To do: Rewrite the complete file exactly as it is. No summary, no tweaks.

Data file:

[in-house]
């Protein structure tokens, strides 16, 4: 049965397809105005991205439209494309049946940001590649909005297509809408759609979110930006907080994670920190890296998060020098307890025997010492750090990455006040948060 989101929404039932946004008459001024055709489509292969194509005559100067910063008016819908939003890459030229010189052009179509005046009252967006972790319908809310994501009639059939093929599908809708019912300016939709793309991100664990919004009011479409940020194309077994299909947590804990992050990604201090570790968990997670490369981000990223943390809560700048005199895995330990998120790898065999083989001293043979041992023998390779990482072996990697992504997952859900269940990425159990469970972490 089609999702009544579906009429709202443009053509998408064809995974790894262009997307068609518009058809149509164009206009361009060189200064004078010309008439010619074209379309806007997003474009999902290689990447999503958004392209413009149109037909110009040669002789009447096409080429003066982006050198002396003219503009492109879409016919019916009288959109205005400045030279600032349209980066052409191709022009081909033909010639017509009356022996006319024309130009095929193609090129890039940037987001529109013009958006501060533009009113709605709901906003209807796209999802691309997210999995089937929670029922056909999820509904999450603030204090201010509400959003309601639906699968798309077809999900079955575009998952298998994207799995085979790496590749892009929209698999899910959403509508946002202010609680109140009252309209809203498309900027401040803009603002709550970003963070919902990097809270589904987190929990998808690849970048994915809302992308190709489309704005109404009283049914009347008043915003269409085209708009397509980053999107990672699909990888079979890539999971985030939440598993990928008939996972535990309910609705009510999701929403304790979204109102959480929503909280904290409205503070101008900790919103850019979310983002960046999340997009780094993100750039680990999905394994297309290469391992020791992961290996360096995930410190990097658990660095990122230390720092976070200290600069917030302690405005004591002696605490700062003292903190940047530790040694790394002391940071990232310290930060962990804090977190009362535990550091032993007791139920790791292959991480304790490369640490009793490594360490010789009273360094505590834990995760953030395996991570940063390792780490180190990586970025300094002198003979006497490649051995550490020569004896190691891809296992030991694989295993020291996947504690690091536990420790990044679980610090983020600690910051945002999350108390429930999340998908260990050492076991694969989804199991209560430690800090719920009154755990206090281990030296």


[in-house]
């Protein structure tokens, strides 16, 4: 049965397809105005991205439209494309049946940001590649909005297509809408759609979110930006907080994670920190890296998060020098307890025997010492750090990455006040948060 989101929404039932946004008459001024055709489509292969194509005559100067910063008016819908939003890459030229010189052009179509005046009252967006972790319908809310994501009639059939093929599908809708019912300016939709793309991100664990919004009011479409940020194309077994299909947590804990992050990604201090570790968990997670490369981000990223943390809560700048005199895995330990998120790898065999083989001293043979041992023998390779990482072996990697992504997952859900269940990425159990469970972490 089609999702009544579906009429709202443009053509998408064809995974790894262009997307068609518009058809149509164009206009361009060189200064004078010309008439010619074209379309806007997003474009999902290689990447999503958004392209413009149109037909110009040669002789009447096409080429003066982006050198002396003219503009492109879409016919019916009288959109205005400045030279600032349209980066052409191709022009081909033909010639017509009356022996006319024309130009095929193609090129890039940037987001529109013009958006501060533009009113709605709901906003209807796209999802691309997210999995089937929670029922056909999820509904999450603030204090201010509400959003309601639906699968798309077809999900079955575009998952298998994207799995085979790496590749892009929209698999899910959403509508946002202010609680109140009252309209809203498309900027401040803009603002709550970003963070919902990097809270589904987190929990998808690849970048994915809302992308190709489309704005109404009283049914009347008043915003269409085209708009397509980053999107990672699909990888079979890539999971985030939440598993990928008939996972535990309910609705009510999701929403304790979204109102959480929503909280904290409205503070101008900790919103850019979310983002960046999340997009780094993100750039680990999905394994297309290469391992020791992961290996360096995930410190990097658990660095990122230390720092976070200290600069917030302690405005004591002696605490700062003292903190940047530790040694790394002391940071990232310290930060962990804090977190009362535990550091032993007791139920790791292959991480304790490369640490009793490594360490010789009273360094505590834990995760953030395996991570940063390792780490180190990586970025300094002198003979006497490649051995550490020569004896190691891809296992030991694989295993020291996947504690690091536990420790990044679980610090983020600690910051945002999350108390429930999340998908260990050492076991694969989804199991209560430690800090719920009154755990206090281990030296």